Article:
Jul 21, 2017 Last Updated 10:38 AM EDT

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Alibaba, Baidu, and 23 Other Chinese Tech Companies Pledged to Help Government Fight Online Terrorism

Apr 14, 2016 07:18 AM EDT

Chinese Youngers Play Online Games At An Internet Cafe In Wuhan
(Photo : Cancan Chu/Getty Images) WUHAN, CHINA - JUNE 11: Chinese youngsters play online games overnight at an internet cafe on June 11, 2005 in Wuhan, Hubei Province of China. There are near 2,000 internet cafes in Wuhan, and the largest one has more than 1,000 computers. Most of the customers are students from middle schools and colleges, and the cost for overnight playing of each person is 6 Yuan (US$0.7). China has strengthened its supervision and management of computer games as more and more youngsters have indulged themselves in Internet, according to the state media.

China's internet regulator revealed that the country's top tech companies have pledged to combat online terror activities. The announcement was made on Tuesday, a few months after China passed a new anti-terrorism law.

The Cyberspace Administration of China said that the pledge involved 25 tech companies in the country. The companies have agreed to counter images, videos, and other information that may promote terrorism activities from being distributed on the internet. Among the 25 tech companies that have signed the pledge are Baidu Inc, Alibaba Group Holding, Tencent Holdings Ltd, JD.com, and others.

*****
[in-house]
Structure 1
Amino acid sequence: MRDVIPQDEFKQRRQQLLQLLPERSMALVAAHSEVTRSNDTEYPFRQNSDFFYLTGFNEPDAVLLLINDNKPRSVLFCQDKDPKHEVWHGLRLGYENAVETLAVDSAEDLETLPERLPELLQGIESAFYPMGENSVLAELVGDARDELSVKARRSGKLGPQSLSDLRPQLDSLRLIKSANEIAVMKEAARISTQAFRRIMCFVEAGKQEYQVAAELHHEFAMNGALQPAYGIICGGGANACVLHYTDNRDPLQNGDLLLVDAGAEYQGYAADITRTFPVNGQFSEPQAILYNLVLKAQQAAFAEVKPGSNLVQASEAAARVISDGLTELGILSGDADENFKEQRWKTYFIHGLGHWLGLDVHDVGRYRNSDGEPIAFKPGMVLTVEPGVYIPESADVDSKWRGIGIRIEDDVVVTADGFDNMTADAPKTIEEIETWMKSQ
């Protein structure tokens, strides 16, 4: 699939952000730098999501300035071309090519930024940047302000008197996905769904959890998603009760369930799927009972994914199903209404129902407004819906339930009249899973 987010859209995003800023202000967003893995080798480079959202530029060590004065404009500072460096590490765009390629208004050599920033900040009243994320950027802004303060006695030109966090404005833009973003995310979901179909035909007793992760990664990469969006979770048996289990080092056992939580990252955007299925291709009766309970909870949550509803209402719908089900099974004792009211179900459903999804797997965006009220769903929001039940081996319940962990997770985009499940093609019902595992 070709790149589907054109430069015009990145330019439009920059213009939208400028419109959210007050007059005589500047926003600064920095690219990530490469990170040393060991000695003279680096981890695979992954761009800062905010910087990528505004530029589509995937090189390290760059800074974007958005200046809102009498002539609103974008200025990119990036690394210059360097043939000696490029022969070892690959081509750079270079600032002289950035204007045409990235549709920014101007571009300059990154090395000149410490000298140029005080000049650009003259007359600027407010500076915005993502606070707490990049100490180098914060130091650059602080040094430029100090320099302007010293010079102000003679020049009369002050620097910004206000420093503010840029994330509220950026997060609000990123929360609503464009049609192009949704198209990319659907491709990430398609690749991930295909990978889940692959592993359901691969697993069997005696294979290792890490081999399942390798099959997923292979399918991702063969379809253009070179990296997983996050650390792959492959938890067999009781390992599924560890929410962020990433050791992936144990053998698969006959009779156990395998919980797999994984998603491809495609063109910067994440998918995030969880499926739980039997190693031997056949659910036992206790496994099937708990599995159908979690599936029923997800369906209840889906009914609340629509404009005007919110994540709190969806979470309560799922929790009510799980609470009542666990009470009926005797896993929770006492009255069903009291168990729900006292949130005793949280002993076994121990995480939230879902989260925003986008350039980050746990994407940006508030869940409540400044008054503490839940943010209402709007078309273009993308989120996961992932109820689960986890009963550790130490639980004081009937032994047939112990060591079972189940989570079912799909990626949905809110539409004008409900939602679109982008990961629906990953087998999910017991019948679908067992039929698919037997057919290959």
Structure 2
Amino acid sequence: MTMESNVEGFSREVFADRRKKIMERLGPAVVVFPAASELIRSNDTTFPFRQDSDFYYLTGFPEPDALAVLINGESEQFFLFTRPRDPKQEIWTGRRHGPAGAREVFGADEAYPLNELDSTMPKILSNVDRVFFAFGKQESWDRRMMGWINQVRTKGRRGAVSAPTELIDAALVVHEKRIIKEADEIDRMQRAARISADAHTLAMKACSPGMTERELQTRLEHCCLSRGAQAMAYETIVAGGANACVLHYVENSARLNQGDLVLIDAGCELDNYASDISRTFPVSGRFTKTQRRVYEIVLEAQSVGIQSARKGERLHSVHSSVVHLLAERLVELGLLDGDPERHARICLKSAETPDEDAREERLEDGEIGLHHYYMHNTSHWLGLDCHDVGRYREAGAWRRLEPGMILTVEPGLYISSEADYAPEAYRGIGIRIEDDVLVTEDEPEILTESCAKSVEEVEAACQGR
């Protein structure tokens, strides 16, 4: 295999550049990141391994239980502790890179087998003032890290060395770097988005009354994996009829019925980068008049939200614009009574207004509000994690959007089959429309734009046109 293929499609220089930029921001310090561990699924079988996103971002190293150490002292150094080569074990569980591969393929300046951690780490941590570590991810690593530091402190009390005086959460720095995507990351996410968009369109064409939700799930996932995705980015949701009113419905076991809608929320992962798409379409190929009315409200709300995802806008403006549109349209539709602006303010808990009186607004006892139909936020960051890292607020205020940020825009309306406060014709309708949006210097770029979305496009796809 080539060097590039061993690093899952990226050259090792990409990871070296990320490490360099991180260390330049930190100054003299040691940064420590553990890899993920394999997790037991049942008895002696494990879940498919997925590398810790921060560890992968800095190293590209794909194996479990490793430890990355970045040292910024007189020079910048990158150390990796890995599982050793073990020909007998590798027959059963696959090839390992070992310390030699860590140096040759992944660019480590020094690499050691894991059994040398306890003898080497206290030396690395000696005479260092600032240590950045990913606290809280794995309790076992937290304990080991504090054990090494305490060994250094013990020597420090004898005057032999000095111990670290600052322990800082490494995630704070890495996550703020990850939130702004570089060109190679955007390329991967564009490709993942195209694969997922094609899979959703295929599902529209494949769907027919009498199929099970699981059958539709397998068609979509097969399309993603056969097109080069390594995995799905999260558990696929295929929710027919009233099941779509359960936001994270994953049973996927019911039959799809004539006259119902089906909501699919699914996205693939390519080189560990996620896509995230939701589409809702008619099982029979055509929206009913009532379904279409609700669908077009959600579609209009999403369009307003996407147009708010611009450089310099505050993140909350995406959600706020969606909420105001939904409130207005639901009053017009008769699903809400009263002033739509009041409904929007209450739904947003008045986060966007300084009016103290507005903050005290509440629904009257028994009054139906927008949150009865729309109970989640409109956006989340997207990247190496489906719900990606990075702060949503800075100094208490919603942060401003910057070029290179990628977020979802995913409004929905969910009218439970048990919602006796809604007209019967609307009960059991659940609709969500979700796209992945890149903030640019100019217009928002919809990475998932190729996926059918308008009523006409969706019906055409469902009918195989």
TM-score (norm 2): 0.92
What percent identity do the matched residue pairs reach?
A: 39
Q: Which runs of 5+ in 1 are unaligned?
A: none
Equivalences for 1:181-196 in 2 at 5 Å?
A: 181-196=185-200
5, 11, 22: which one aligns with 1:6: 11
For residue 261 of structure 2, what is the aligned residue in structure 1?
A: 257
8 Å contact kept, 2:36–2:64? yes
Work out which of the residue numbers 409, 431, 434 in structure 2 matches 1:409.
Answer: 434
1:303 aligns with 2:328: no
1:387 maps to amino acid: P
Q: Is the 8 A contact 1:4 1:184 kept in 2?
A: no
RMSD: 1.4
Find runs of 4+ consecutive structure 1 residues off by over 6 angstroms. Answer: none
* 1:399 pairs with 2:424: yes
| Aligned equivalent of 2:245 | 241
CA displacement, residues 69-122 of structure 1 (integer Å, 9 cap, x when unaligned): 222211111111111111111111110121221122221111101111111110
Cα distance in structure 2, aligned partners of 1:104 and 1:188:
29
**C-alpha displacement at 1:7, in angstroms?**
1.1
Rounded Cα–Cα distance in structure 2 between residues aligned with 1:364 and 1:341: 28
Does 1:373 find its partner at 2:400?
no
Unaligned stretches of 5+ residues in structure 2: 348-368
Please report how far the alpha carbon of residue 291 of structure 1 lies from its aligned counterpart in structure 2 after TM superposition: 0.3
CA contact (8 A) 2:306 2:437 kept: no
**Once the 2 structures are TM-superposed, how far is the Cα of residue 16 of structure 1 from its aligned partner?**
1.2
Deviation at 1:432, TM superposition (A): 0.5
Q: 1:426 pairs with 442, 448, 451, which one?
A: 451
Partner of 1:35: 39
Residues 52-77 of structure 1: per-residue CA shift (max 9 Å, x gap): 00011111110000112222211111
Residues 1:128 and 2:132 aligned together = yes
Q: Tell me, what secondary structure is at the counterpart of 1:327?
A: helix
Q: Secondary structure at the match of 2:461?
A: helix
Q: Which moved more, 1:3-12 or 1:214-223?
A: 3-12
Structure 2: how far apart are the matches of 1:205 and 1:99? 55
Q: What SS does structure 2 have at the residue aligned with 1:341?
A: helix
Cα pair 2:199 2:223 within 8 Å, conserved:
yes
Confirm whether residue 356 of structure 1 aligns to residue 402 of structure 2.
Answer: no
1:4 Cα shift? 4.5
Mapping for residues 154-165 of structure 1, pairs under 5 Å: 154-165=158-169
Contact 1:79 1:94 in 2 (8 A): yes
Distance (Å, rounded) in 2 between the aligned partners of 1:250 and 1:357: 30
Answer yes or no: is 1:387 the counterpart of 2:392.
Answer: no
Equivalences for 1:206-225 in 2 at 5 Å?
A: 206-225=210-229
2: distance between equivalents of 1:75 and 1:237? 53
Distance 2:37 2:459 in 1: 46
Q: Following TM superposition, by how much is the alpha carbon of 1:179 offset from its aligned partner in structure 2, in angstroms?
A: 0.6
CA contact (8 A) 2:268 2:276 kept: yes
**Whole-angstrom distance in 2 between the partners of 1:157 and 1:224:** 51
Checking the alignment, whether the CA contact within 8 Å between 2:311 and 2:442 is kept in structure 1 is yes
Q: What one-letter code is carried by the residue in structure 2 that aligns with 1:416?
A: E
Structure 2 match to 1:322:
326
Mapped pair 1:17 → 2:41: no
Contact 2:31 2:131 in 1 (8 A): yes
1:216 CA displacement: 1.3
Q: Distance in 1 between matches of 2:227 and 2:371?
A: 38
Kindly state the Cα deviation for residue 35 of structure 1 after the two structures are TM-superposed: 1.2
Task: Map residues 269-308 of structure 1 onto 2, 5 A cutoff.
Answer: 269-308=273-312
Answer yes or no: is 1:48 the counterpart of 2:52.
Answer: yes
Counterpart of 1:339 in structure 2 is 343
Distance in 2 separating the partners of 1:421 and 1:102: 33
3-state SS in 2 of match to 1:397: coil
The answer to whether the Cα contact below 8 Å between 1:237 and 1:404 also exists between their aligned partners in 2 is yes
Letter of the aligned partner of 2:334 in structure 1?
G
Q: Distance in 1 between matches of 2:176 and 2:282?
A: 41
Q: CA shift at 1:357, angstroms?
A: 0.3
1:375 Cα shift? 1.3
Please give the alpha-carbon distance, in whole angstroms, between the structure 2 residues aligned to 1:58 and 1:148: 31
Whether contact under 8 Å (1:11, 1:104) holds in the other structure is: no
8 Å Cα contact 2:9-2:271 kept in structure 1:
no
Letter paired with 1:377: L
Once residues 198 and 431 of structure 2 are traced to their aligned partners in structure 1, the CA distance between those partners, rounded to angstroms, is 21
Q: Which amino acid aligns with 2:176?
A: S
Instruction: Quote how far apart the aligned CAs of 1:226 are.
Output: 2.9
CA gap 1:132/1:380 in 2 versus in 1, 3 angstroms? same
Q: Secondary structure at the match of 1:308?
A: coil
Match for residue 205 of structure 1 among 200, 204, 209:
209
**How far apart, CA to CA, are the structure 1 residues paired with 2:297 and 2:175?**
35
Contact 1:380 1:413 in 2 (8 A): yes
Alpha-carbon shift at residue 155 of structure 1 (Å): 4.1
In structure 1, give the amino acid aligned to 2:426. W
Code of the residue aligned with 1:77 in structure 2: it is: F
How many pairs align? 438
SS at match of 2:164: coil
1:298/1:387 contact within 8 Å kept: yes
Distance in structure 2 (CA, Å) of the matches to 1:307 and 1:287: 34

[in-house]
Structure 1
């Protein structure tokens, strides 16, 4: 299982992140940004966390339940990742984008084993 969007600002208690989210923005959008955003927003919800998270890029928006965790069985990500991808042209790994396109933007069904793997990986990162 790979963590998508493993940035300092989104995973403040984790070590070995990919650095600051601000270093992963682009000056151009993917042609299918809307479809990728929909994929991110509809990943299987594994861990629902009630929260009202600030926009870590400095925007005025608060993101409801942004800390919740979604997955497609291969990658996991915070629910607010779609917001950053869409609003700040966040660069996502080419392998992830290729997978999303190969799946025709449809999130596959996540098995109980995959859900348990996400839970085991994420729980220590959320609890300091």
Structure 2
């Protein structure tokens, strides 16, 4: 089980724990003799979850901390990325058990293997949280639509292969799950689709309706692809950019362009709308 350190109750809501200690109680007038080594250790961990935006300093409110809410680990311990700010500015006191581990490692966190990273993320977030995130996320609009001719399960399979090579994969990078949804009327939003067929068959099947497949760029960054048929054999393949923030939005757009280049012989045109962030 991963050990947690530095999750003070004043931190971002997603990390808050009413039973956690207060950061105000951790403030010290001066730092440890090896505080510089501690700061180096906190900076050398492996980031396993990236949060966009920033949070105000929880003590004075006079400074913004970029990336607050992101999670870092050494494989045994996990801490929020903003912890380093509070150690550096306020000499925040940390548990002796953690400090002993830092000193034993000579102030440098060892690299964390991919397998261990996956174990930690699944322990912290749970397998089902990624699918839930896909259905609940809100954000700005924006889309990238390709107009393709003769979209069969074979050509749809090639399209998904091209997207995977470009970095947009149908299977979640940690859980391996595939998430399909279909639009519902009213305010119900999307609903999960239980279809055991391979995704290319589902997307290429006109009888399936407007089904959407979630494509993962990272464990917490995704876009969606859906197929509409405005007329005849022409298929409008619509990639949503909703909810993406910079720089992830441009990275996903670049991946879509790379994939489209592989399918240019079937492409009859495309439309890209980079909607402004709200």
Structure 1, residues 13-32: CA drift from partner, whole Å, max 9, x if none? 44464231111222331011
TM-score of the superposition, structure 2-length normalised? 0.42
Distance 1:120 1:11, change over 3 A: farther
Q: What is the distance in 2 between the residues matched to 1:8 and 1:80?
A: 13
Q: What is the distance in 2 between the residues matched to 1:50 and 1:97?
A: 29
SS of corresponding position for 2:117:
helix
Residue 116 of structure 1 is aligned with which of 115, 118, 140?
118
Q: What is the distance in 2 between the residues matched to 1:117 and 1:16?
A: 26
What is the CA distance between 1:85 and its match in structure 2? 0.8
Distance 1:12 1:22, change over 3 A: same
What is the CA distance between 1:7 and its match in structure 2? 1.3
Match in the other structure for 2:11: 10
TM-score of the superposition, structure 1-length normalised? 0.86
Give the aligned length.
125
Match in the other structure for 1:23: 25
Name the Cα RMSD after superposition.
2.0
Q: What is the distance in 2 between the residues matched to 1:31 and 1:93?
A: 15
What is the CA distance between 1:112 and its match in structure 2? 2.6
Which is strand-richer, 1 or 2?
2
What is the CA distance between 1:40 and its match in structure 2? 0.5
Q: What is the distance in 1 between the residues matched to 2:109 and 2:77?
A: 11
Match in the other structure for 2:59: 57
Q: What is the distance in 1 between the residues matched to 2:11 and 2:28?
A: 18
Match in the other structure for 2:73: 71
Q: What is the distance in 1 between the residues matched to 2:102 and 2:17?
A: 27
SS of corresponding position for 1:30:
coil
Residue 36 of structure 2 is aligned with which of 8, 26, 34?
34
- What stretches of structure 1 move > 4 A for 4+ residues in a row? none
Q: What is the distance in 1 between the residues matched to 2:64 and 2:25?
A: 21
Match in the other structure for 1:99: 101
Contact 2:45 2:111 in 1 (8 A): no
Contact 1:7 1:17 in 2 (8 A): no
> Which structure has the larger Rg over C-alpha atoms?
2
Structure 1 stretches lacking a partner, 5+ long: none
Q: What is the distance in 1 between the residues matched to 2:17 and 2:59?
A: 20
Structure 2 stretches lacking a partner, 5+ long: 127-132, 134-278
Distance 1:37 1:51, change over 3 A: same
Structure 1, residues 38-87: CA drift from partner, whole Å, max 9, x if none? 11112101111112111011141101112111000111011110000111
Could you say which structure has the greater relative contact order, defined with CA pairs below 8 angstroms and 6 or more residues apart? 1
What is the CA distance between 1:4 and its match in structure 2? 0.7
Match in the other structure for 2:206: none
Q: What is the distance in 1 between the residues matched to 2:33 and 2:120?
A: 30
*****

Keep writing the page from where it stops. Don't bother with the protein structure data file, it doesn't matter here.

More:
So far this year, as much as 25,000 posts, 4,000 videos, and 200 accounts have been removed from the internet due to terror-related content, according to the regulator. Considering the heavy terror-related activities across the internet, China's new anti-terrorism law requires tech companies in the country to cooperate with the government, as reported by Reuters.

Under the new anti-terrorism law passed in December last year, tech companies in China, including companies owned by foreign investors, are required to help decrypt information to the government. The new law stressed a particular emphasize in the internet world so that tech companies are the firms required to closely work with the regulators on the matter.

However, the new anti-terror law is also facing criticism partly because of its emphasis on the internet aspect. According to China Topix, the law might hinder freedom of speech. The U.S. State Department also expressed its concerns, arguing that the new anti-terror law will likely do more harm than good.

Some even connect the new policy with President Xi Jinping's practices of tight internet control and censorship, and that the anti-terror law is just a way to justify the internet control by the government. However, China has rejected such criticism, claiming that it's doing what other Western countries already do, working closely with tech firms to help fight terrorism across the internet.

According to Yibada, China said that the country is indeed faced with threats from terror groups, such as the East Turkestan Islamic Movement (ETIM). The group is actively operating in the Xinjiang region and is causing violent incidents in recent years.

Baidu, Alibaba, and Tencent are among 25 major tech companies in China that have signed a pledge to help combat terrorism activities across the internet as a response to the country's new anti-terror law. Critics have accused the government of using the law to justify its own agenda, a claim that is rebuffed by the country's officials.

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